It's the first time in decades that researchers are examining parasites found in wolverines from these major regions.
Hunters in Canada's northern territories harvest wolverines for their fur, but little is known about the parasites infecting these animals.
By identifying parasites in the wolverines, we can understand the ecology of these parasites as well as the role of wolverines in the northern ecosystem.
Jenkins' research focuses on northern ecosystems — the "hot bed" of warming for Canada. "Studying these areas can give us a heads up about what climate change will do in other areas of the world – especially where the climate warming isn't as rapid and isn't accelerating as quickly."
Changes in climate can potentially lead to changes in parasite distribution and abundance.
"For wolverines, the High Arctic populations are probably as close to untouched as we can get. Looking at the North as an outgroup for comparison with the South [may indicate] how things were before we interfered," Jenkins explains.
Ironically, my project came about because there were too many samples – a problem that most researchers would envy. The freezers in the N.W.T. were overflowing with wolverine tissues and something had to be done with them.
As Jenkins explains, the suggestion was made to look for parasites in the wolverines' intestine samples since no one had published any literature on this topic since the 1960s and 1970s.
"The climate baseline has shifted and the world is a different place. There's a lot more resource extraction, and so it was time to look again," says Jenkins.
Wolverines are high-level predators and scavengers and at the top of the food chain. The parasites that they carry can provide us with information about what the wolverines are eating and about parasite transmission through the entire food chain.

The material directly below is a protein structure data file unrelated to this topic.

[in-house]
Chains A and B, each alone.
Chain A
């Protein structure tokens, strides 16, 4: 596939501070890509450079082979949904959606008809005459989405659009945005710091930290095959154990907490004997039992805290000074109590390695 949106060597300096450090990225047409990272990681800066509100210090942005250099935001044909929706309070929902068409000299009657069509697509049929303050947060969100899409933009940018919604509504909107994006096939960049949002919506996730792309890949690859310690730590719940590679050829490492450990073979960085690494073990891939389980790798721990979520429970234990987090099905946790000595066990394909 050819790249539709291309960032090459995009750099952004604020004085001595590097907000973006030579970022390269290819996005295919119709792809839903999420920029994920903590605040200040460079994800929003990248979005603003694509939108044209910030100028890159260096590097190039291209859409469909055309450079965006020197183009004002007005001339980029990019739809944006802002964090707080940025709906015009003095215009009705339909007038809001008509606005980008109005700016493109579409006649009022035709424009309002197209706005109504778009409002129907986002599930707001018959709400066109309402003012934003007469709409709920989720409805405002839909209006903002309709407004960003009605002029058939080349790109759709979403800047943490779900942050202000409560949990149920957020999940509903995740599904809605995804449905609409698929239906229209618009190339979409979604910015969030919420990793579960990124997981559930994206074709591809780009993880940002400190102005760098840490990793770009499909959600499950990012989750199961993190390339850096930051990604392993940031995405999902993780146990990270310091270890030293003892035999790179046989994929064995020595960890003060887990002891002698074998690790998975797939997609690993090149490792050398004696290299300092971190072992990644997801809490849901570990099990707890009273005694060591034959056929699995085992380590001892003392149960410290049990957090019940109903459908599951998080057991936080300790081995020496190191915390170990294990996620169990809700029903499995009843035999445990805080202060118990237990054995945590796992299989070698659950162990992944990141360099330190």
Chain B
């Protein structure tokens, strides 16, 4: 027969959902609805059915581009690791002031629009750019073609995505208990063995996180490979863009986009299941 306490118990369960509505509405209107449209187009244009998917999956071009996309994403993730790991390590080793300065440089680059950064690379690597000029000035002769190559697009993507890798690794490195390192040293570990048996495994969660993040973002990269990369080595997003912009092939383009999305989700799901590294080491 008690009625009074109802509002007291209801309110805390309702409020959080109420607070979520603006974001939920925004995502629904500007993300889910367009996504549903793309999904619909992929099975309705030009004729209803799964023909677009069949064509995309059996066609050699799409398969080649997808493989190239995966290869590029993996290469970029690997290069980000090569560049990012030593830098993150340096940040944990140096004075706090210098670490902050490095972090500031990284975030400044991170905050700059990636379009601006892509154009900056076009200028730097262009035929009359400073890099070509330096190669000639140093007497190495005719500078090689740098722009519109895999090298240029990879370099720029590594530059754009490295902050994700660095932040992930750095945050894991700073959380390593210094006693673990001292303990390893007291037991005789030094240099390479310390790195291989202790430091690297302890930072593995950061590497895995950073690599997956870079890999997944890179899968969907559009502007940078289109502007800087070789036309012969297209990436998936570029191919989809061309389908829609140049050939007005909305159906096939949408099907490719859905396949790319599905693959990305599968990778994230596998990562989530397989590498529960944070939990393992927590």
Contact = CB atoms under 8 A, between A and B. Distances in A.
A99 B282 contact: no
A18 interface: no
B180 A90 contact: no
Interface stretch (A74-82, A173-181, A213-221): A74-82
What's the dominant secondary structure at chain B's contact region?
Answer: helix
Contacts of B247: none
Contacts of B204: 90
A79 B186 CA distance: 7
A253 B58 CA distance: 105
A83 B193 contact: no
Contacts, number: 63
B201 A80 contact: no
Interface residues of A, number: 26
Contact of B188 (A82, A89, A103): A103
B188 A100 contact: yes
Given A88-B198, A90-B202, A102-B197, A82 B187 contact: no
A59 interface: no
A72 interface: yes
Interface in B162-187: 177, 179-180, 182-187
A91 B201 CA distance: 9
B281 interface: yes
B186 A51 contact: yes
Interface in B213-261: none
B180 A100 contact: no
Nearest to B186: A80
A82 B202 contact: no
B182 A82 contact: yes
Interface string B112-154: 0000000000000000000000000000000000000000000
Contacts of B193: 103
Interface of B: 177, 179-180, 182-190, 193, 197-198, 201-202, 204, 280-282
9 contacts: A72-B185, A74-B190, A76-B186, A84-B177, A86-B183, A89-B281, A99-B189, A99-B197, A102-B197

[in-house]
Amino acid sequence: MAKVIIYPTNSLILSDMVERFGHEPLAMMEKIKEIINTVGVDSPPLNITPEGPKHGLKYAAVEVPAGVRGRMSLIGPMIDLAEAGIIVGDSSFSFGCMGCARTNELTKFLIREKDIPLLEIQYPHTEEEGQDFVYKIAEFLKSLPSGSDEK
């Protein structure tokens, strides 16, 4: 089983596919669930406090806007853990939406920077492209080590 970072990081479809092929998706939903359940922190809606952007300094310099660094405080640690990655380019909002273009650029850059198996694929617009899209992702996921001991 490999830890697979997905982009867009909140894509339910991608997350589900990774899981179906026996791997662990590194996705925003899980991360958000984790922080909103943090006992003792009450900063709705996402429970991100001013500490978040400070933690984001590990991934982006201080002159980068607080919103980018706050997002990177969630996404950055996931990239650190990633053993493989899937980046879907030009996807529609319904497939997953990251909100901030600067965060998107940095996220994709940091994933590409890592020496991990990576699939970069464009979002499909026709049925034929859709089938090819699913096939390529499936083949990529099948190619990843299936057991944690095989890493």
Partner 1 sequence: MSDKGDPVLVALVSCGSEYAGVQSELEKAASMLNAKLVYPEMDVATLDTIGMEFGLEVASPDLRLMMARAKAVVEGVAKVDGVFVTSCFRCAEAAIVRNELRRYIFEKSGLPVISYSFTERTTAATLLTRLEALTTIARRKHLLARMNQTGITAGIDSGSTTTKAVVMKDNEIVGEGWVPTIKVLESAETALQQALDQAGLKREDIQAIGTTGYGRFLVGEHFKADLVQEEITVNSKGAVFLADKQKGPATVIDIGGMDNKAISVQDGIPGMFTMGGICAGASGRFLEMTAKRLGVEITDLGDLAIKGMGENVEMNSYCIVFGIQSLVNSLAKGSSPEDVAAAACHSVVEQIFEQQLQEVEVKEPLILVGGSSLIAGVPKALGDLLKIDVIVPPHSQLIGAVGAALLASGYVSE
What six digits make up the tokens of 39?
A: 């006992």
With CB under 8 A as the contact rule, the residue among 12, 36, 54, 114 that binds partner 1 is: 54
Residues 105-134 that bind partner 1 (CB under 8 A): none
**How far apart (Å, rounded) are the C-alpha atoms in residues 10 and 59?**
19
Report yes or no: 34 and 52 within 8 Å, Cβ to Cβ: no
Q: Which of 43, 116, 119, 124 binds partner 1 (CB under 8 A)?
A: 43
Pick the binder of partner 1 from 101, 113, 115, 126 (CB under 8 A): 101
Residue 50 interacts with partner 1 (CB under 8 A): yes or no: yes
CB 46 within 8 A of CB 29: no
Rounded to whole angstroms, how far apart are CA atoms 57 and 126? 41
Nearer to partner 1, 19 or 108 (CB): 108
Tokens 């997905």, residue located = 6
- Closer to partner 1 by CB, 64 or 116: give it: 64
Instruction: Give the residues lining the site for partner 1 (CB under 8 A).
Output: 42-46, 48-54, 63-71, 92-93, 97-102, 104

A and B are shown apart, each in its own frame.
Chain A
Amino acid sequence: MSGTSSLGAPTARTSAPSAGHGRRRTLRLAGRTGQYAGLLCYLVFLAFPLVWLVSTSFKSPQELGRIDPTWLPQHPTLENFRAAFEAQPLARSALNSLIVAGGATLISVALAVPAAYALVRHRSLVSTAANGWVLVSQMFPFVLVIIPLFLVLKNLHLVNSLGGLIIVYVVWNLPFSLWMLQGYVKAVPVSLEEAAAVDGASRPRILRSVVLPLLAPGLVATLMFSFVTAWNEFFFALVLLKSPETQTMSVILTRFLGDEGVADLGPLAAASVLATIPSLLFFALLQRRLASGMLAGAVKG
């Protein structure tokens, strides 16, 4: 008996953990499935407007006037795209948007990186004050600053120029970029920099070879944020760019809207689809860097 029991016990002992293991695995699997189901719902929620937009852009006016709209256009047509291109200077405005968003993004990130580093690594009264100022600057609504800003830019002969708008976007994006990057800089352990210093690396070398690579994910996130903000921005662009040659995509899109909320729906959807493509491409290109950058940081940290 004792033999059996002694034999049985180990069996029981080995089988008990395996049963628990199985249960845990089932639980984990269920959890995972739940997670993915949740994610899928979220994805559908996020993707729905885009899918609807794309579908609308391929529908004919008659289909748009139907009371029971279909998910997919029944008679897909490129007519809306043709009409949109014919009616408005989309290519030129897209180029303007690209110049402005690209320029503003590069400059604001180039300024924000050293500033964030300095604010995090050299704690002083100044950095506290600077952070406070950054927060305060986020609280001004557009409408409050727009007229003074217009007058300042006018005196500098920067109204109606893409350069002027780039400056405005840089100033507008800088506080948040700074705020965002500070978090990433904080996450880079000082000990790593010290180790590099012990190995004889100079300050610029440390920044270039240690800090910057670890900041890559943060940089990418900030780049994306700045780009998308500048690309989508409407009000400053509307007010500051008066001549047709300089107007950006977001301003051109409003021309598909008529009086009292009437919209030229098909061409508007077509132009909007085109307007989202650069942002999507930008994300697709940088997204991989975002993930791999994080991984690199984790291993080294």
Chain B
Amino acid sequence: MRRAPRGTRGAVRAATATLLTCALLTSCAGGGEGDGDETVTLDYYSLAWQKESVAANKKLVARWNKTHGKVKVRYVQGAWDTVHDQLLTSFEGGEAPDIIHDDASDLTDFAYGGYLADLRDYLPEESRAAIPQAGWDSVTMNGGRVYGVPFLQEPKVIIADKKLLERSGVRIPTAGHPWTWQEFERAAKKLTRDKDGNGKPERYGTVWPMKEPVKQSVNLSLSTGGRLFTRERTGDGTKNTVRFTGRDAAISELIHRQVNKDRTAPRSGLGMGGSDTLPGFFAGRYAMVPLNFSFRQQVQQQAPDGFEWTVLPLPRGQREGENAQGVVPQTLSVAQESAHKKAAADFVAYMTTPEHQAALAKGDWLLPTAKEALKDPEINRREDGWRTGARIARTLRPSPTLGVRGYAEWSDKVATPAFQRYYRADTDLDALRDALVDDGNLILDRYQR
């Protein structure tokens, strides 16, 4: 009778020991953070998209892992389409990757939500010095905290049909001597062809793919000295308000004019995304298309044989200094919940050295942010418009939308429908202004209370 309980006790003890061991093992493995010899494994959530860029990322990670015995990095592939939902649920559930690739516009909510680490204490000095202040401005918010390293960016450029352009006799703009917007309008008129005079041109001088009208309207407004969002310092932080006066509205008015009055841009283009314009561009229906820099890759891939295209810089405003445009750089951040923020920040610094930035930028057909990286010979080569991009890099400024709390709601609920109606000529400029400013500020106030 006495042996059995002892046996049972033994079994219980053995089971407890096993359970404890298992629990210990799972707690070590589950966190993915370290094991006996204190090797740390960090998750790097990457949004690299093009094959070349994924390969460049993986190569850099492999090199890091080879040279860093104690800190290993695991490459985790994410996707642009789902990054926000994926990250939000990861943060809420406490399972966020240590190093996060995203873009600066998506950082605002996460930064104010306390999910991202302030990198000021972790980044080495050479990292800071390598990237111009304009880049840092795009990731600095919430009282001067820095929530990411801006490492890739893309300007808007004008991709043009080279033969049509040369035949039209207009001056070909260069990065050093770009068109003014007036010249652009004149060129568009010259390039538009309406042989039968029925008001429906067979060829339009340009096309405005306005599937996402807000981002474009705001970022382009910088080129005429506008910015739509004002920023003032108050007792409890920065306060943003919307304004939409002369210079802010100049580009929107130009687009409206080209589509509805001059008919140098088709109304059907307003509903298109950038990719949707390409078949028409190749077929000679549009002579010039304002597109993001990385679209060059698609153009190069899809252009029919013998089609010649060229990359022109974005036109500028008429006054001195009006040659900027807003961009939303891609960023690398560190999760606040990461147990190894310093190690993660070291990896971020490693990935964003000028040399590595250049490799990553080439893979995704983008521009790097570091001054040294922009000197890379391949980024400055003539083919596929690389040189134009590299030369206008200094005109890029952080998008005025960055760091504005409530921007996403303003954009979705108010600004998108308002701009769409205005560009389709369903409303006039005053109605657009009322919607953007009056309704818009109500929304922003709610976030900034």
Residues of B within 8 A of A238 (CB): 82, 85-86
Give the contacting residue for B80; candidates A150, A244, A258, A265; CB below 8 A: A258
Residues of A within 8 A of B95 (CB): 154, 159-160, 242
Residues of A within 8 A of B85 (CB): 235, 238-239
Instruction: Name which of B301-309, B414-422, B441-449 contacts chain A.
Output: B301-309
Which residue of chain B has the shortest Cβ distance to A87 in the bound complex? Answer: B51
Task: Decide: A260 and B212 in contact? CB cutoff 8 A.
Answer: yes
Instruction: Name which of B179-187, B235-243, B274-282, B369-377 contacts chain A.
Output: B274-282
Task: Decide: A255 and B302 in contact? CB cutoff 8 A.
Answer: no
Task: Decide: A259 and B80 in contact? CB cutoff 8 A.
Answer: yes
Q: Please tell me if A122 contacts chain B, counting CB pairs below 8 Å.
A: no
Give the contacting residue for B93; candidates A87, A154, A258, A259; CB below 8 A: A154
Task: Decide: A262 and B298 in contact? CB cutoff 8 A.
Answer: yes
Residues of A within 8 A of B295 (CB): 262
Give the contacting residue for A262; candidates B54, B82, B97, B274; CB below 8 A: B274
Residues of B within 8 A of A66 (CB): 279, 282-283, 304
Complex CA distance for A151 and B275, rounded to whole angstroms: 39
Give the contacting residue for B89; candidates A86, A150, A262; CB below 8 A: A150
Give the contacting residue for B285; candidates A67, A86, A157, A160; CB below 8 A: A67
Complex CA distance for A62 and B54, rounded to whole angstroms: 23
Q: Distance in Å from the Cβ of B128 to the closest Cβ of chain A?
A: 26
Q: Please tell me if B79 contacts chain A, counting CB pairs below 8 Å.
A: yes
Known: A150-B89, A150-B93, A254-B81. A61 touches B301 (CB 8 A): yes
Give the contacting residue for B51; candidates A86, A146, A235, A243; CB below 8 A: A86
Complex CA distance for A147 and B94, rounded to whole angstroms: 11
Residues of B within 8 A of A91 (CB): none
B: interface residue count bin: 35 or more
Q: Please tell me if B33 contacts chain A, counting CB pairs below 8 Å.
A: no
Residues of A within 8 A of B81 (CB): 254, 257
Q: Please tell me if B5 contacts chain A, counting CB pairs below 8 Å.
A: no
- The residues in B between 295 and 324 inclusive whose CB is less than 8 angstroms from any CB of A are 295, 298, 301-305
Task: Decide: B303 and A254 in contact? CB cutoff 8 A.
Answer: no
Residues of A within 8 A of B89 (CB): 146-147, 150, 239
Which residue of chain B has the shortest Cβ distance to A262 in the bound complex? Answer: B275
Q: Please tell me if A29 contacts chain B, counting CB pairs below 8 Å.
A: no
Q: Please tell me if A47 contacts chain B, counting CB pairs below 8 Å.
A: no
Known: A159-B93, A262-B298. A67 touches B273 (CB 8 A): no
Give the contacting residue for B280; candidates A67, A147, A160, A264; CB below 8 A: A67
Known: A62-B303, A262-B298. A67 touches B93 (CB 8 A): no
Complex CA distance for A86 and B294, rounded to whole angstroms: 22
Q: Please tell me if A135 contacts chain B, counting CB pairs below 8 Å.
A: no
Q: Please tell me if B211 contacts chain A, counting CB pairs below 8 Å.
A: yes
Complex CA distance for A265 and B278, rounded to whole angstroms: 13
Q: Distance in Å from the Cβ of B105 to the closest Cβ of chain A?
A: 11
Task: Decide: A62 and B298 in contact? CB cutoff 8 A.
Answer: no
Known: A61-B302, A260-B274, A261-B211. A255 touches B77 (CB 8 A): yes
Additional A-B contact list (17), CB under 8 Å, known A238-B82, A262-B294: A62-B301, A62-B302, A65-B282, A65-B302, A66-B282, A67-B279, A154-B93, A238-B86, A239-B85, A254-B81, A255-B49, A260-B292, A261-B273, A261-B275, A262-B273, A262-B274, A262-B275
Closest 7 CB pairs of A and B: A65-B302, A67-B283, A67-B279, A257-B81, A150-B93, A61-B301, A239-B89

"Hopefully our data will be a piece of that puzzle in terms of understanding the health status of the wolverine population," says Jenkins.
In contrast to the general opinion that parasites indicate a health problem, she suggests that if a population contains a high prevalence and intensity of parasites, the population may actually be doing very well. Increased parasitism could be a direct result of having ample access to the intermediate hosts that are giving the wolverines these parasites.
Last summer, two Grade 8 boys searched for parasites in 10 wolverine intestines from the N.W.T. as part of their science fair project. I'm expanding on their efforts and my project is supported by the Government of the N.W.T., the WCVM Wildlife Health Research Fund and the U of S Undergraduate Summer Research and Leadership program.
So, like many prospectors before me, I headed to the Yukon. In June, I travelled to Whitehorse with Rajnish Sharma, one of Jenkins' graduate students. We worked with a team led by Dr. Jane Harms, an Environment Yukon wildlife veterinarian, to conduct necropsies on wolverine carcasses from the fur harvest.
Harms and her colleague, Drs. Brett Elkin and Iga Stasiak of the Government of N.W.T., and wildlife biologists Thomas Jung and Robert Mulders graciously provided us with access to these samples.
We brought 99 intestinal samples back to Saskatoon, and I went straight to work.
It's like panning for gold, but the prize isn't as valuable to most people. The two main worms that I found were Baylisascaris and Taenia.
A wolverine could get infected with Baylisascaris, a roundworm, by eating an infected small mammal such as a rodent or by swallowing eggs from feces in the environment.
Using DNA sequencing, I identified two species of Taenia tapeworms infecting the wolverines. For one, T. twitchelli, wolverines get it from eating porcupines. For the other, T. krabbei, wolverines get it from hunting or scavenging moose or caribou as intermediate hosts. This parasite has never before been recorded in wolverines.
The final stages of my project are comparing the prevalence of the parasites among the regions and to look for any differences.
This project would probably have been too messy, smelly and gross for most people — but for me, the research has been fascinating and extremely worthwhile. My tenacity has even earned me high praise from my supervisor.
"You're very cheerful about going through guts — it's very impressive," says Jenkins.
It turns out that searching for worms can be rewarding, even if they're not exactly worth their weight in gold.
Kristine Luck of Calgary, Alta., is a second-year student who was part of the WCVM's Undergraduate Summer Research and Leadership program in 2014. Kristine's story is part of a series of articles written by WCVM summer research students.